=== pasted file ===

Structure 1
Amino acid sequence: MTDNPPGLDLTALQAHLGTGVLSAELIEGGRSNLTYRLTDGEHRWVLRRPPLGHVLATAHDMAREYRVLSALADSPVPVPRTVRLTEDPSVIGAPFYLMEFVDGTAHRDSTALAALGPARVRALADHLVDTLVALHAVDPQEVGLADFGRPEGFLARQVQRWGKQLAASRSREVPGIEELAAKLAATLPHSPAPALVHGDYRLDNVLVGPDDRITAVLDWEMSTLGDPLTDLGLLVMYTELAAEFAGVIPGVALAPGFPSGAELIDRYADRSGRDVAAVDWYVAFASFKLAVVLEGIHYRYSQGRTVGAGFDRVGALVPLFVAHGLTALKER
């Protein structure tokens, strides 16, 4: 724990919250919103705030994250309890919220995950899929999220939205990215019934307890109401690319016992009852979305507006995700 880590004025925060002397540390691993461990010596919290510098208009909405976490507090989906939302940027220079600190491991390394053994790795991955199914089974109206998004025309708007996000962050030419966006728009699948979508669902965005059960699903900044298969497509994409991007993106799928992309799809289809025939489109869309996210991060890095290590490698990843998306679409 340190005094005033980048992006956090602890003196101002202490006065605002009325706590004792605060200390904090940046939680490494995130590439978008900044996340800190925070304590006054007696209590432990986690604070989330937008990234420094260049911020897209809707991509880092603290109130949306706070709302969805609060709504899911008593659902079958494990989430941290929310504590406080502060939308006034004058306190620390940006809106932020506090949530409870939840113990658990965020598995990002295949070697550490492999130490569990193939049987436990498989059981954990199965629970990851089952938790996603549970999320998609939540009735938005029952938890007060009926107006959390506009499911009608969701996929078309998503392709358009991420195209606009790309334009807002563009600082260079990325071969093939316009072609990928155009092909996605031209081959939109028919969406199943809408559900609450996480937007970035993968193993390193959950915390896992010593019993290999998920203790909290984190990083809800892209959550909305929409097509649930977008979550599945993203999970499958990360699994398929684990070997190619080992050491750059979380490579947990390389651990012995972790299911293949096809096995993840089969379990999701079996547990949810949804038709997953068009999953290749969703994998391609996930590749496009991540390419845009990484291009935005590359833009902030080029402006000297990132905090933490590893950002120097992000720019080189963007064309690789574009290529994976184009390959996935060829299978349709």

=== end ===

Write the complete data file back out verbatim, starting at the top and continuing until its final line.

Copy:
Structure 1
Amino acid sequence: MTDNPPGLDLTALQAHLGTGVLSAELIEGGRSNLTYRLTDGEHRWVLRRPPLGHVLATAHDMAREYRVLSALADSPVPVPRTVRLTEDPSVIGAPFYLMEFVDGTAHRDSTALAALGPARVRALADHLVDTLVALHAVDPQEVGLADFGRPEGFLARQVQRWGKQLAASRSREVPGIEELAAKLAATLPHSPAPALVHGDYRLDNVLVGPDDRITAVLDWEMSTLGDPLTDLGLLVMYTELAAEFAGVIPGVALAPGFPSGAELIDRYADRSGRDVAAVDWYVAFASFKLAVVLEGIHYRYSQGRTVGAGFDRVGALVPLFVAHGLTALKER
């Protein structure tokens, strides 16, 4: 724990919250919103705030994250309890919220995950899929999220939205990215019934307890109401690319016992009852979305507006995700 880590004025925060002397540390691993461990010596919290510098208009909405976490507090989906939302940027220079600190491991390394053994790795991955199914089974109206998004025309708007996000962050030419966006728009699948979508669902965005059960699903900044298969497509994409991007993106799928992309799809289809025939489109869309996210991060890095290590490698990843998306679409 340190005094005033980048992006956090602890003196101002202490006065605002009325706590004792605060200390904090940046939680490494995130590439978008900044996340800190925070304590006054007696209590432990986690604070989330937008990234420094260049911020897209809707991509880092603290109130949306706070709302969805609060709504899911008593659902079958494990989430941290929310504590406080502060939308006034004058306190620390940006809106932020506090949530409870939840113990658990965020598995990002295949070697550490492999130490569990193939049987436990498989059981954990199965629970990851089952938790996603549970999320998609939540009735938005029952938890007060009926107006959390506009499911009608969701996929078309998503392709358009991420195209606009790309334009807002563009600082260079990325071969093939316009072609990928155009092909996605031209081959939109028919969406199943809408559900609450996480937007970035993968193993390193959950915390896992010593019993290999998920203790909290984190990083809800892209959550909305929409097509649930977008979550599945993203999970499958990360699994398929684990070997190619080992050491750059979380490579947990390389651990012995972790299911293949096809096995993840089969379990999701079996547990949810949804038709997953068009999953290749969703994998391609996930590749496009991540390419845009990484291009935005590359833009902030080029402006000297990132905090933490590893950002120097992000720019080189963007064309690789574009290529994976184009390959996935060829299978349709």